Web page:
Faro: The gambling card game of the BC gold rush

Among the first to arrive at a mining camp on the heels of the gold seekers were saloon keepers and faro bankers. In the mid 1800s, the gambling card game of Faro was very popular because it was simple, fast-paced, and the odds were good that a player would win if the game was played honestly.

James Anderson, known as the bard of Barkerville, didn’t have many kind words to say about gamblers and their game of faro. He wrote a song called “Come Back Faro” in which he describes the faro dealer:

I’ll sing you now a mournful song,
All of a fine old man,
Who liv’d some years in Cariboo,
All by his sleight of han’

I’ve often watched his little game,
And even been case-keeper;
And tho’ his eyes were pretty sharp,
I’ve sometimes nailed a sleeper.

Some say old Faro was a rogue,
Tho’ tis not my belief;
But if he were—then I’m sure
Young Lansquenet’s a thief.

The roots of faro can be traced back to the game of ‘Landsquenet’ played by Teutonic foot soldiers in the 1400s. The game was eventually called ‘Pharaoh’, because some of the playing cards used had an Egyptian king’s face on the backs of the cards. This was then simplified to ‘Faro’.

The game was also referred to as ‘Bucking the Tiger’ because in earlier times, many faro boards folded up into a wooden box which featured a Bengal tiger on the back.

How To Play Faro

Professional gamblers would set up their faro boards and case keepers at a saloon and wait for miners to bet their hard-earned gold dust. Faro was a fast game so it was necessary for a faro banker to have two assistants; one to watch the crowd for cheaters and one to keep track of the cards that had been dealt by moving the discs in the case-keeper.

faro board

faro board

A faro board was simply a board covered with a cloth and on it were pasted (or painted) 13 cards of one suit, usually spades. Across the top, nearest the dealer, was printed the words, ‘High Card’.

Players or ‘punters’ as they were referred to, would purchase chips called ‘counters’ from the ‘banker’ who ran the game.

Players would choose which of the 13 cards they wanted to bet on and lay their chips on them, or if they wanted to place their bet on two or more they would place their chips in between or at the corner. Players who placed wagers on the high-card bar were betting that the winning card (the second card drawn) would be higher than the losing card (the first card drawn). High cards were ranked from Ace (the lowest) to highest.

faro case-keeper

faro case-keeper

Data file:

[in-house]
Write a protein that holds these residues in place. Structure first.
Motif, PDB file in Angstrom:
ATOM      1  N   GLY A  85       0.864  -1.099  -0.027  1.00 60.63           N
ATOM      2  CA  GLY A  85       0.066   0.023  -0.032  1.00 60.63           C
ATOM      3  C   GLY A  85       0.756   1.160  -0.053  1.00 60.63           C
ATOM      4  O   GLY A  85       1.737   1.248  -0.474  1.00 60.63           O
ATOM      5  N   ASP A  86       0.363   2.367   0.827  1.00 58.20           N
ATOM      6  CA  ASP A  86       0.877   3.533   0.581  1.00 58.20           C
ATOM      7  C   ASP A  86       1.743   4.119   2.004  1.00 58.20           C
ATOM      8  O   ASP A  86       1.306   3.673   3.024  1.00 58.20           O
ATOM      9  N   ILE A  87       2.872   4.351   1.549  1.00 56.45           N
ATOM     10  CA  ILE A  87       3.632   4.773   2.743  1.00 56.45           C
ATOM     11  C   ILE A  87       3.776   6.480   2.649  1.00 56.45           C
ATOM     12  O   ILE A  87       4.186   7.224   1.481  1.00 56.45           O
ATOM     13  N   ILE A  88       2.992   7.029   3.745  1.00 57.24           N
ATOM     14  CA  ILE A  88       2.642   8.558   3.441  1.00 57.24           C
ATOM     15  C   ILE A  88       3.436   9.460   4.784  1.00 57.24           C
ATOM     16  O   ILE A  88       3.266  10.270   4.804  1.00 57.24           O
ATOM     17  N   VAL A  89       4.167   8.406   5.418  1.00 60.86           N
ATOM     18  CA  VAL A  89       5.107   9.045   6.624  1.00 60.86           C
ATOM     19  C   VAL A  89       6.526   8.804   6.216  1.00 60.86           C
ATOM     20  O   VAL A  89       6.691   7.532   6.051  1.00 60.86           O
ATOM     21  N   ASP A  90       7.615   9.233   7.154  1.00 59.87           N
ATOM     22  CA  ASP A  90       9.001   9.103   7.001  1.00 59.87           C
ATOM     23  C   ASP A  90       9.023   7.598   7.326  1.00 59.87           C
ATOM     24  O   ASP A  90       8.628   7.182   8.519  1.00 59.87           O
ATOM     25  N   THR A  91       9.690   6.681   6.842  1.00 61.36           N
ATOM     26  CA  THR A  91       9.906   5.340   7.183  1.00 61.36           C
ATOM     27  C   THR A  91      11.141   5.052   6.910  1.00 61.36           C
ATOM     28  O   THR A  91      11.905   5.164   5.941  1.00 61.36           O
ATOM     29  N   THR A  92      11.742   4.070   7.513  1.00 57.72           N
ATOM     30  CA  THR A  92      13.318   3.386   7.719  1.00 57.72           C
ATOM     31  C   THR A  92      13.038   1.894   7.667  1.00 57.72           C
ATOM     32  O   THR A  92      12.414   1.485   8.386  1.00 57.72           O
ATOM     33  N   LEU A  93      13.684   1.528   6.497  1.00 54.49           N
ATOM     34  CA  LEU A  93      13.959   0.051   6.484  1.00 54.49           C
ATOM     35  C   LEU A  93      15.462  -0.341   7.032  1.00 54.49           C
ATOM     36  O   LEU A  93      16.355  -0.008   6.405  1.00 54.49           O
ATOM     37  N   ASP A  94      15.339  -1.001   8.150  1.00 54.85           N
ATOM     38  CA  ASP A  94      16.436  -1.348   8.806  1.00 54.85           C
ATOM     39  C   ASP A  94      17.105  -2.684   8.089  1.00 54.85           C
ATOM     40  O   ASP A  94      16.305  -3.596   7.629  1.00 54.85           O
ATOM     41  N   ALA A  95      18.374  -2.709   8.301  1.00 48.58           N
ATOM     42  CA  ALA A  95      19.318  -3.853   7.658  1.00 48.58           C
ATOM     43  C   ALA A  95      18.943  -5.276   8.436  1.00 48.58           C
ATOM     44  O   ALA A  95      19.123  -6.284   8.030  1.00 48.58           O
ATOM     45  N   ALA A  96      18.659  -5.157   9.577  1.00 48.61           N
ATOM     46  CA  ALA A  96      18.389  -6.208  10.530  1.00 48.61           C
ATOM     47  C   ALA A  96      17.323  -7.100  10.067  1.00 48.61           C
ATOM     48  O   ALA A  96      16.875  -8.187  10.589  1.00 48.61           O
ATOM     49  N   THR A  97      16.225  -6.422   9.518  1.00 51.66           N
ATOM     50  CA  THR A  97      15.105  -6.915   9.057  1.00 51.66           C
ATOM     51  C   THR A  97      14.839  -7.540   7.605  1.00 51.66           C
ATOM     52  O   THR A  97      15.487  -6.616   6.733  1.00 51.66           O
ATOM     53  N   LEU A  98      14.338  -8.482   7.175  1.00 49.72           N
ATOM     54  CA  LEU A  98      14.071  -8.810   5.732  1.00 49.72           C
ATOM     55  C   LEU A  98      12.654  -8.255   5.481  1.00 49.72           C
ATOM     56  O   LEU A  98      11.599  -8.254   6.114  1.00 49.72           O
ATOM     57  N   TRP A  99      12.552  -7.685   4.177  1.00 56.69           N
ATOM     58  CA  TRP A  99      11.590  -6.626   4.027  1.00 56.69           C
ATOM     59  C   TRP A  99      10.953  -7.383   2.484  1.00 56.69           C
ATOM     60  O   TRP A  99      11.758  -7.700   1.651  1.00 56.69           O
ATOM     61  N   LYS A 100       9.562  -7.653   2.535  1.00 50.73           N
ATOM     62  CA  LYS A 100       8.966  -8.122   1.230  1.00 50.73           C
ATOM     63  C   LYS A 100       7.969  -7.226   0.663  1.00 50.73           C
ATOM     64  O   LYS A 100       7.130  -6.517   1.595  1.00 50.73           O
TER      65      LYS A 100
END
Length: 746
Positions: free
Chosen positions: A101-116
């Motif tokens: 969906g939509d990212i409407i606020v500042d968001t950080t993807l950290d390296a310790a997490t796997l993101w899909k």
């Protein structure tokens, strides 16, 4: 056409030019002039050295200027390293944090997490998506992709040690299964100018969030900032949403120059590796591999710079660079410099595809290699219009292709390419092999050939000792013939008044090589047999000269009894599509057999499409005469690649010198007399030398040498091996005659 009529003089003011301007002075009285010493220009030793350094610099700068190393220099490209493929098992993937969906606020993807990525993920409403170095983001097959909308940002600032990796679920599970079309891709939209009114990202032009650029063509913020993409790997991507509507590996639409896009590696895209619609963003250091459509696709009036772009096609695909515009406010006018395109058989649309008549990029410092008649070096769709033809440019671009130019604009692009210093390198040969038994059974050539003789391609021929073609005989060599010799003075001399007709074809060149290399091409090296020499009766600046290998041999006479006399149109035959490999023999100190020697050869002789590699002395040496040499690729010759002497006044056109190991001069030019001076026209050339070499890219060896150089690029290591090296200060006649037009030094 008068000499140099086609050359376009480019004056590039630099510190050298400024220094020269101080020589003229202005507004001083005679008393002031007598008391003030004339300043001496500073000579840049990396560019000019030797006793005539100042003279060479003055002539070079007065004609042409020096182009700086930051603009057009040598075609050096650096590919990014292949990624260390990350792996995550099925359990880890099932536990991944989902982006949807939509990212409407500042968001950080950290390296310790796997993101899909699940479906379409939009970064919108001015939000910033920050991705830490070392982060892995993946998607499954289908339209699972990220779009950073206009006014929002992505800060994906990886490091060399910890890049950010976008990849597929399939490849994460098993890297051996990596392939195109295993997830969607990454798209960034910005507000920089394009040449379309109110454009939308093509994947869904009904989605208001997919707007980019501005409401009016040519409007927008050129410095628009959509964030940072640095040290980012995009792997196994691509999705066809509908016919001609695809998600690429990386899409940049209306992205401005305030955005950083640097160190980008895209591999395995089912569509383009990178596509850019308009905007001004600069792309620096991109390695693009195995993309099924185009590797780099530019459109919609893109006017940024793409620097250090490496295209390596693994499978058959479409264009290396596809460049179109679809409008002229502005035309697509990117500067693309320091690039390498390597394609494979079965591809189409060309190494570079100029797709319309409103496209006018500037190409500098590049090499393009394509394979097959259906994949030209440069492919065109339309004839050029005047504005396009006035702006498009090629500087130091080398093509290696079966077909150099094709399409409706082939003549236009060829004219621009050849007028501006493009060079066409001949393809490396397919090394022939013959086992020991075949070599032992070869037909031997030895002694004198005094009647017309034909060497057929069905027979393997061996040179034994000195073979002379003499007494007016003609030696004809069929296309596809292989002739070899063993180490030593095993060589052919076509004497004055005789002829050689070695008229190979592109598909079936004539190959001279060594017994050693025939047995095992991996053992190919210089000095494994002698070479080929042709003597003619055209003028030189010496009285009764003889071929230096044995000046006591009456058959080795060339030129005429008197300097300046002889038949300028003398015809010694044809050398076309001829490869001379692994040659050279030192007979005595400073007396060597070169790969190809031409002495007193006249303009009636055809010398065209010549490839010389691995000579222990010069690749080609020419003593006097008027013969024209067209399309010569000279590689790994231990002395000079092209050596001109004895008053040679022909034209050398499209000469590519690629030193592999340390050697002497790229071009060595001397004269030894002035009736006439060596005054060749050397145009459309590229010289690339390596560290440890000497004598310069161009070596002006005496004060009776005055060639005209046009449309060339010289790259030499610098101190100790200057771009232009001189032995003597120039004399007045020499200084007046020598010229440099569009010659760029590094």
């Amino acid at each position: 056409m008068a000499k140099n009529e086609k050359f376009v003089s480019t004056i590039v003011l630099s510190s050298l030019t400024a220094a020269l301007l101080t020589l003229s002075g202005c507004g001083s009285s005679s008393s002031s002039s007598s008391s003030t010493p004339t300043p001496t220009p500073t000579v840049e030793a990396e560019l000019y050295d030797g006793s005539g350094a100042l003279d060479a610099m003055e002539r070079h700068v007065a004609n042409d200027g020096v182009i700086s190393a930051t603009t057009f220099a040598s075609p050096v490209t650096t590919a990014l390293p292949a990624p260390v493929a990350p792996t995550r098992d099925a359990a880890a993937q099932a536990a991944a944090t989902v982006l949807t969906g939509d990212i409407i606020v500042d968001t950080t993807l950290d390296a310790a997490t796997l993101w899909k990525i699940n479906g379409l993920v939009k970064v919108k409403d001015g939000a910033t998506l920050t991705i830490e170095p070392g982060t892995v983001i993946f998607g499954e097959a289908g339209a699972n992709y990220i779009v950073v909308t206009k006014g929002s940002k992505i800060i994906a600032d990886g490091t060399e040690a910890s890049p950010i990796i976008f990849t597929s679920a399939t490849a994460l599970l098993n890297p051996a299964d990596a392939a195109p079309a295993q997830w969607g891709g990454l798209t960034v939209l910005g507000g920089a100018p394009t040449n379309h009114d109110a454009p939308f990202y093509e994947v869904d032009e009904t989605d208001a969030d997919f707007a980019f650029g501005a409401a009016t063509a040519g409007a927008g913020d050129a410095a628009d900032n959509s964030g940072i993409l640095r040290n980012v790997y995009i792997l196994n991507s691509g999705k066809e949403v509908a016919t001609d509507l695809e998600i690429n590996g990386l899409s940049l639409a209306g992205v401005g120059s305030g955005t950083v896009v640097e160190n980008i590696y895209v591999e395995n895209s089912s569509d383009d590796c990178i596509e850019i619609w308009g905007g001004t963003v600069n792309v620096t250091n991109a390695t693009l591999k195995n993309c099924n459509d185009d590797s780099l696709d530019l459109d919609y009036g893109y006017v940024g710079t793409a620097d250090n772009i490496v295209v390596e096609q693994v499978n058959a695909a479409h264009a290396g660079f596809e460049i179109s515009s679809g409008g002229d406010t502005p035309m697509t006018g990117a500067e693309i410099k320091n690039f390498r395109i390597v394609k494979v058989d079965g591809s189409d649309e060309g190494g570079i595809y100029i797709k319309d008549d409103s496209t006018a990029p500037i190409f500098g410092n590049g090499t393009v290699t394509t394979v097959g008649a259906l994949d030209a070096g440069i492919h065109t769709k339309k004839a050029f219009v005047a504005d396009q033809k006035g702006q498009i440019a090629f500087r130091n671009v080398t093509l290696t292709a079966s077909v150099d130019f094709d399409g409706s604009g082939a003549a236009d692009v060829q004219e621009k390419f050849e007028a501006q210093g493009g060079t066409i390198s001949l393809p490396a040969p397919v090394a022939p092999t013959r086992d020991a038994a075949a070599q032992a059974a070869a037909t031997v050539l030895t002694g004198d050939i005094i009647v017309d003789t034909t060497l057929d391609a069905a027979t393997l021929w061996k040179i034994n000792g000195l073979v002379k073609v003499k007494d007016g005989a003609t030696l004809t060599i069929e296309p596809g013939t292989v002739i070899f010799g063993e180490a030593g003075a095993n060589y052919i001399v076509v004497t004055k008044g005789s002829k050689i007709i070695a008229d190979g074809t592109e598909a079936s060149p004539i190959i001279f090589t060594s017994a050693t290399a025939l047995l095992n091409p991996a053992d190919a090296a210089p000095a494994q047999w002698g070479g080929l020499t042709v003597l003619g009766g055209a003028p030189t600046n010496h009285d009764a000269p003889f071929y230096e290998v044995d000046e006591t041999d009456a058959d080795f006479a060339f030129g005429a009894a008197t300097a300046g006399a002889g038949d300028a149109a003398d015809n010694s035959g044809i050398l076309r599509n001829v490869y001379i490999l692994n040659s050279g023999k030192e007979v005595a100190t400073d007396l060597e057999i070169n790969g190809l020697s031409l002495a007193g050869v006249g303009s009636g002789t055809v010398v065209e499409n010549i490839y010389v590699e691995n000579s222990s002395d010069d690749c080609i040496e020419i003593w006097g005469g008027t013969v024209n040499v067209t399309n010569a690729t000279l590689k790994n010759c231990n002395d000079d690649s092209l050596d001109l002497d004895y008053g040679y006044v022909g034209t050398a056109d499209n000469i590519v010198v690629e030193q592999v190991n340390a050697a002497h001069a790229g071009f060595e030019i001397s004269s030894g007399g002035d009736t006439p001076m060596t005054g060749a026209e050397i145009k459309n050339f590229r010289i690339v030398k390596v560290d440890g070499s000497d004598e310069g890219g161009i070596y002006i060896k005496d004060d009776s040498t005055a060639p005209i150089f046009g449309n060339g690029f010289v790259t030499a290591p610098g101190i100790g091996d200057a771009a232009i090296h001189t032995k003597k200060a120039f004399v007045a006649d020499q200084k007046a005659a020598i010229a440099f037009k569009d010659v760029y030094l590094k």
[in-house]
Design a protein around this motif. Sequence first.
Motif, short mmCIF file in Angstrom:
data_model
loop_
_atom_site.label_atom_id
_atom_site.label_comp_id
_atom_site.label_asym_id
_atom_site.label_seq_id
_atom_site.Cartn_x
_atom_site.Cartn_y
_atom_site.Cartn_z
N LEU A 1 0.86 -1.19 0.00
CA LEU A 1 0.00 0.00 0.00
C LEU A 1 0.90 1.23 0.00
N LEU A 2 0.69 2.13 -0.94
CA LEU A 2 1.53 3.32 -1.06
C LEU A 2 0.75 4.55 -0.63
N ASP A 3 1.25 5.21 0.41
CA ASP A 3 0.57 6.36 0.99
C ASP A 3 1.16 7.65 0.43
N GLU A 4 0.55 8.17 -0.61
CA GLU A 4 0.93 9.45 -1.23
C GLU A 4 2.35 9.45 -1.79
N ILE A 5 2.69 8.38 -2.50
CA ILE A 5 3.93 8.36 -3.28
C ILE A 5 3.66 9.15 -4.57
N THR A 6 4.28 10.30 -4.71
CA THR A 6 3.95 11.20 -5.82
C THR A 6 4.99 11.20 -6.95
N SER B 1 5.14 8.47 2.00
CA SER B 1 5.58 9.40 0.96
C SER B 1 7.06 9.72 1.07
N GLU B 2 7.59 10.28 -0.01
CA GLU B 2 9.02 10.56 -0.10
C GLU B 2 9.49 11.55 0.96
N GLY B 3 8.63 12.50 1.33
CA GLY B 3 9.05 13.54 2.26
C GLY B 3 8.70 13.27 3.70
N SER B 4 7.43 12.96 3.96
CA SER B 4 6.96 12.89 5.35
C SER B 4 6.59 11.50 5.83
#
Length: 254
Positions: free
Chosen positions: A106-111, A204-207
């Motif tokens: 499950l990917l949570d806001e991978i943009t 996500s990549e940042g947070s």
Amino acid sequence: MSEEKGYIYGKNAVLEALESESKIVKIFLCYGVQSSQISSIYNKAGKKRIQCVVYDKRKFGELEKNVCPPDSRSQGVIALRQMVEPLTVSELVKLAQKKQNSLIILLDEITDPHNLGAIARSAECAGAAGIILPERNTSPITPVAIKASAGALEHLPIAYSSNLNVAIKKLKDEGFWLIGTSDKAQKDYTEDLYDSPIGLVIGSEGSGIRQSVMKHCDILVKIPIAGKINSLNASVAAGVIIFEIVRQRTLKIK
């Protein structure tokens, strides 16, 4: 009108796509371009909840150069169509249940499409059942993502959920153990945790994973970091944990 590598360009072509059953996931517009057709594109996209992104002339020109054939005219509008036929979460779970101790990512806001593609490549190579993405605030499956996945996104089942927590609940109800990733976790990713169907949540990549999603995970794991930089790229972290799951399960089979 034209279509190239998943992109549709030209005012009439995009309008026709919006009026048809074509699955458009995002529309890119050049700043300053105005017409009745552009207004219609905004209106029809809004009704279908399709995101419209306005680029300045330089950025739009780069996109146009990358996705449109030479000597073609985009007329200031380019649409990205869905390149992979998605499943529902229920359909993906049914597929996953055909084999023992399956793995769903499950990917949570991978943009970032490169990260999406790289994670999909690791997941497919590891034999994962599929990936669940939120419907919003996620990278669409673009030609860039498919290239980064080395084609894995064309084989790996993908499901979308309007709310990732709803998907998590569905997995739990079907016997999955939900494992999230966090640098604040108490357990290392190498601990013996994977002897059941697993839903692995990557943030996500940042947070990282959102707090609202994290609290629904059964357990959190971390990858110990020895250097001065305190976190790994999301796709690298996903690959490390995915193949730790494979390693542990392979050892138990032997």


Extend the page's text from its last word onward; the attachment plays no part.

Playing cards in the mid 1800s didn’t have any numbers or letters on them.

When all the bets were placed, the banker would shuffle and cut the pack of playing cards, then place them face up in a dealing box. The first card was set aside.

The faro banker took out the next two cards from the deck.

Bets matching the first card lost. Bets matching the second card face up on the deck, won. Whether the card was in the same suite (diamonds, spades, hearts, clubs) didn’t matter.

Each pair of cards was called a ‘turn’. There were 25 ‘turns’ to a game. The first and last cards in the deck weren’t played.

If a player put a ‘copper’ (a token) on top of his or her bet, that was betting a card would lose instead of win.

Whenever there were two of kind in a turn, (two kings, two kings etc) then the dealer took half the chips staked on them. In an honest game, this could occur about three times in two deals, however, some dealers were often accused of stacking the deck in their favour.

Cheating at Faro

A dealer could tamper with the cards beforehand. Often times the dealer could tell what cards would be next because the dealing boxes were rigged with special levers or plates that would allow two cards to be taken out at the same time. With a sleight of hand, the dealer could change the sequence of a deck. Because of the game of Faro was so fast some of these tricky moves would have been hard to catch.

Players could cheat as well and some of them had creative ways of moving their chips around before anyone could notice.

Bucking The Tiger

The British Colonist published a letter to the editor on February 4, 1862 about a ‘Faro Bank’ in Victoria:

…six more non-professional gamblers…have been among the constant feeders of this Royal Bengal Tiger and…several more of the regular hangers-on or “ropes”.

I heard a great many strange statements from one and another of the “sports” – but the strangest of all was that “‘the Police were all right'”. In other words, that the force had been bribed not to interfere with the game…several of the victims have declared their intention to feed the tiger no more. They have suffered greatly, and assert openly that they have been “hogged.”

I hear that the next steamer will bring us some more sporting gents, fully prepared to open business at an hour’s notice.

The term ‘sporting gentlemen’ was often used when referring to professional gamblers.